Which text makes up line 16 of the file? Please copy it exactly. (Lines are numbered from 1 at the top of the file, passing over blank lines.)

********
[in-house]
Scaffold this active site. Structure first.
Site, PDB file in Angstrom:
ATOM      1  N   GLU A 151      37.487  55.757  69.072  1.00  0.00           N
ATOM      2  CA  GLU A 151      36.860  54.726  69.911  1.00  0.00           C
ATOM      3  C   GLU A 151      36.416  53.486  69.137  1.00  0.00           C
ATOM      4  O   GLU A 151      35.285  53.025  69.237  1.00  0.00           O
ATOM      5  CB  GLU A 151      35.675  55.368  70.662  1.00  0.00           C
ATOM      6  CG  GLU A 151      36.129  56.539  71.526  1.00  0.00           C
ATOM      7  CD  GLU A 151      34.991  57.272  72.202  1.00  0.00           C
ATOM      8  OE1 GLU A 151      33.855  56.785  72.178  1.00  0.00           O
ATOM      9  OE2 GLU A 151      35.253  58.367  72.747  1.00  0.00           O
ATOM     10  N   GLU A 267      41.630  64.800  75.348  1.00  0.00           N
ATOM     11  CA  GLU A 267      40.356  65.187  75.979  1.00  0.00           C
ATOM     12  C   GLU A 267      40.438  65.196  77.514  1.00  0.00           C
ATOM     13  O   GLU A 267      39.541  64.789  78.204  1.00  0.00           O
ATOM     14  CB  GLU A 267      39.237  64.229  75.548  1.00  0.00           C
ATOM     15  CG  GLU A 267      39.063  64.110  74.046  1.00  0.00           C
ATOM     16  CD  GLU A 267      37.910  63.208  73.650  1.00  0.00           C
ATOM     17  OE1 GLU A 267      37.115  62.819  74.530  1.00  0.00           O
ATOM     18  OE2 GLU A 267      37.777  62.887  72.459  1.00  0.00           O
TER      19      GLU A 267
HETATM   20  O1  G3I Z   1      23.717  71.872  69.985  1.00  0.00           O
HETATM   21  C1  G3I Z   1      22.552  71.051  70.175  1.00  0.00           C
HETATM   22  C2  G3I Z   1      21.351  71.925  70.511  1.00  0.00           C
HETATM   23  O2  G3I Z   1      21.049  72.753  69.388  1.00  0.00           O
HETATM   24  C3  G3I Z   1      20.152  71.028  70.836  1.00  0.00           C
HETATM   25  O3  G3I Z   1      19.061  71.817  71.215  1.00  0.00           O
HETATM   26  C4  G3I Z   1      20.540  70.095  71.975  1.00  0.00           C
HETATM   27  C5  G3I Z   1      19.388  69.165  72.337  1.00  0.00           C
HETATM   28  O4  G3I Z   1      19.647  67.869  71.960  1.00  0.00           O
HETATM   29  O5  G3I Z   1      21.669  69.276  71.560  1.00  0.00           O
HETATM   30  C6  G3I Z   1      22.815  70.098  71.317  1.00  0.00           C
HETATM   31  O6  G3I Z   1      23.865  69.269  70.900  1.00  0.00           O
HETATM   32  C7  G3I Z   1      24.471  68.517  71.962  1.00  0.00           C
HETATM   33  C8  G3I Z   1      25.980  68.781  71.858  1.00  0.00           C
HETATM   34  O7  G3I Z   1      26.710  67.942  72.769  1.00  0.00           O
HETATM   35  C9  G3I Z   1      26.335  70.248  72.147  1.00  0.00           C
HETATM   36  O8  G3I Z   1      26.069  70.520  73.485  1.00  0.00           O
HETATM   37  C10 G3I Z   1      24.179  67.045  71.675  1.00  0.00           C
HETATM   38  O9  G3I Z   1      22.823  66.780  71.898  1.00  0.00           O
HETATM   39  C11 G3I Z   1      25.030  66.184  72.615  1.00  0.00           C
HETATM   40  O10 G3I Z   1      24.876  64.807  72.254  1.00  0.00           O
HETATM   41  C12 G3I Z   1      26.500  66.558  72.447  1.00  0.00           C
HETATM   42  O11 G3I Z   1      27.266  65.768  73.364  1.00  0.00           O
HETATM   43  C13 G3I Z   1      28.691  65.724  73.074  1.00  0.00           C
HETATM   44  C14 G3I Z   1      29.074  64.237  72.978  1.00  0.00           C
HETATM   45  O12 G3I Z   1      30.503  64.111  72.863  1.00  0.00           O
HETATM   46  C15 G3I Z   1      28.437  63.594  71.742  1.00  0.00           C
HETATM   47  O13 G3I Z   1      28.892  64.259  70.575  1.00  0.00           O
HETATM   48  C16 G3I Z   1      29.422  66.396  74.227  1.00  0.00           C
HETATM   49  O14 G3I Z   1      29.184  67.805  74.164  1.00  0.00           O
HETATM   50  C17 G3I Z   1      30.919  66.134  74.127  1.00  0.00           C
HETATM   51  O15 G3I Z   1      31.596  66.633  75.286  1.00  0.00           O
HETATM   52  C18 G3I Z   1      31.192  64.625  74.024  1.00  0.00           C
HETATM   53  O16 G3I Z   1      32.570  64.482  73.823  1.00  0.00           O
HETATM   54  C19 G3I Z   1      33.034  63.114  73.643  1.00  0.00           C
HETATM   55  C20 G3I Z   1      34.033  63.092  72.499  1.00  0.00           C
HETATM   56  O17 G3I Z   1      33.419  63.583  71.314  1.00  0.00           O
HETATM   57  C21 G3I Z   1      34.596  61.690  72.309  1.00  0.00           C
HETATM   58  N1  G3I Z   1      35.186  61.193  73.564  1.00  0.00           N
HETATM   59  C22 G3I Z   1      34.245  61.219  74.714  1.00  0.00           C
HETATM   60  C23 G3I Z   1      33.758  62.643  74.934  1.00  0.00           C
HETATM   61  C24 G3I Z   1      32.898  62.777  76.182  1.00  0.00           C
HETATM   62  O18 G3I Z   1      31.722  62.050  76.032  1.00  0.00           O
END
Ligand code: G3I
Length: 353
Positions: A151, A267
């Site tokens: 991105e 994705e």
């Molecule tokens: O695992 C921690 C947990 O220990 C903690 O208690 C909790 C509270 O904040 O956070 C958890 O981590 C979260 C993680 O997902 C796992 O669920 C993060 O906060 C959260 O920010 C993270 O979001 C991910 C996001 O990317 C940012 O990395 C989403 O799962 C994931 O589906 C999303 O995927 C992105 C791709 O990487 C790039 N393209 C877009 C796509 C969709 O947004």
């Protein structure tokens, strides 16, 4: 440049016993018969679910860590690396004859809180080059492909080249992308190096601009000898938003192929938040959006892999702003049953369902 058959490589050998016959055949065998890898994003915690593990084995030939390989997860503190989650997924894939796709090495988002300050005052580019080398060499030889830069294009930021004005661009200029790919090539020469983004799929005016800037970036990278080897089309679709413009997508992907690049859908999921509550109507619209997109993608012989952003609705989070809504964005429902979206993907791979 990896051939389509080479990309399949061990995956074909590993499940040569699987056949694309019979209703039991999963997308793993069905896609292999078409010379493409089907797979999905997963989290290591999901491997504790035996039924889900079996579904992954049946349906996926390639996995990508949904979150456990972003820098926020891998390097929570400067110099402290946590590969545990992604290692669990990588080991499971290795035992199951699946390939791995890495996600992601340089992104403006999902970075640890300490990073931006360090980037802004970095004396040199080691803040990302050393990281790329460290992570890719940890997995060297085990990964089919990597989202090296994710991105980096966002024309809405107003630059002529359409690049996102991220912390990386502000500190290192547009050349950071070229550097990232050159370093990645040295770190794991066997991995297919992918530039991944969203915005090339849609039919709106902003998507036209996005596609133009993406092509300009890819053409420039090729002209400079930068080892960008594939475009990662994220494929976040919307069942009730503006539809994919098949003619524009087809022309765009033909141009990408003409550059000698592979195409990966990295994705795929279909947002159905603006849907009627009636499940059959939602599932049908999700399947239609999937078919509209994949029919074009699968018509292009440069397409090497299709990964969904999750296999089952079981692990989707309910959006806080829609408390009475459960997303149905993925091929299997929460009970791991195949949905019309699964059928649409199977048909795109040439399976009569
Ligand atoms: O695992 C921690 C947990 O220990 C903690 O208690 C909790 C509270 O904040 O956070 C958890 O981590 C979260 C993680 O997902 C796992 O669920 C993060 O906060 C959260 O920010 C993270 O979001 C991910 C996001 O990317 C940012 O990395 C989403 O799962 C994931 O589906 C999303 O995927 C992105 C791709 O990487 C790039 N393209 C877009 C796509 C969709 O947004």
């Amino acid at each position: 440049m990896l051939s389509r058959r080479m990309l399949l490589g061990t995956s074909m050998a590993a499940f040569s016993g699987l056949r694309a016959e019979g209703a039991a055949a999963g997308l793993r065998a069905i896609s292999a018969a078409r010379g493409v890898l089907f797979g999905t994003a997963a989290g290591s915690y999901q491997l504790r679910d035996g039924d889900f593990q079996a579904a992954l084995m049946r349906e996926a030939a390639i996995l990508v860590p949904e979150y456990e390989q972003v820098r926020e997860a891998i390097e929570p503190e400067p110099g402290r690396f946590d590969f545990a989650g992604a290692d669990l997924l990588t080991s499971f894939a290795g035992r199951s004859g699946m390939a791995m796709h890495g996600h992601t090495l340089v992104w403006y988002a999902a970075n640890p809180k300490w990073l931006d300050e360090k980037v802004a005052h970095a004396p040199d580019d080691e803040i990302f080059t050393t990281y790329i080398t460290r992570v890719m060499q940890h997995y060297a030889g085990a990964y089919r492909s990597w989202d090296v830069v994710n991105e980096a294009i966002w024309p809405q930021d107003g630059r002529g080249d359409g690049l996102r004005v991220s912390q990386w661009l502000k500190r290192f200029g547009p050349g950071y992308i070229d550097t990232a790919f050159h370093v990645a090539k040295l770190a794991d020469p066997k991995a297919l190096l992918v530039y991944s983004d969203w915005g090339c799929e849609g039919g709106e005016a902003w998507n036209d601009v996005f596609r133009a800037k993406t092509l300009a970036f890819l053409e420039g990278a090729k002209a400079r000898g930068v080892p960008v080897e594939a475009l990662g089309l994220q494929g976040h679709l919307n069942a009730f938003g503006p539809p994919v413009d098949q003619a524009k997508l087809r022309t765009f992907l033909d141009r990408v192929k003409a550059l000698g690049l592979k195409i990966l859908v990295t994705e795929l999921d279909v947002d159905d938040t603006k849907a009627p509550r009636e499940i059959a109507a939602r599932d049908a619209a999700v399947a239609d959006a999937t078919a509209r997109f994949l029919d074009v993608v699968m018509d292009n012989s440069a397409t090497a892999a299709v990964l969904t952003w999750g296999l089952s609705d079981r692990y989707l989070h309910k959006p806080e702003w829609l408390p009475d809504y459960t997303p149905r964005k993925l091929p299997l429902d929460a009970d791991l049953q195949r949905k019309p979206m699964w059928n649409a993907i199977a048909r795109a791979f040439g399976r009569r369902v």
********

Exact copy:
ATOM     13  O   GLU A 267      39.541  64.789  78.204  1.00  0.00           O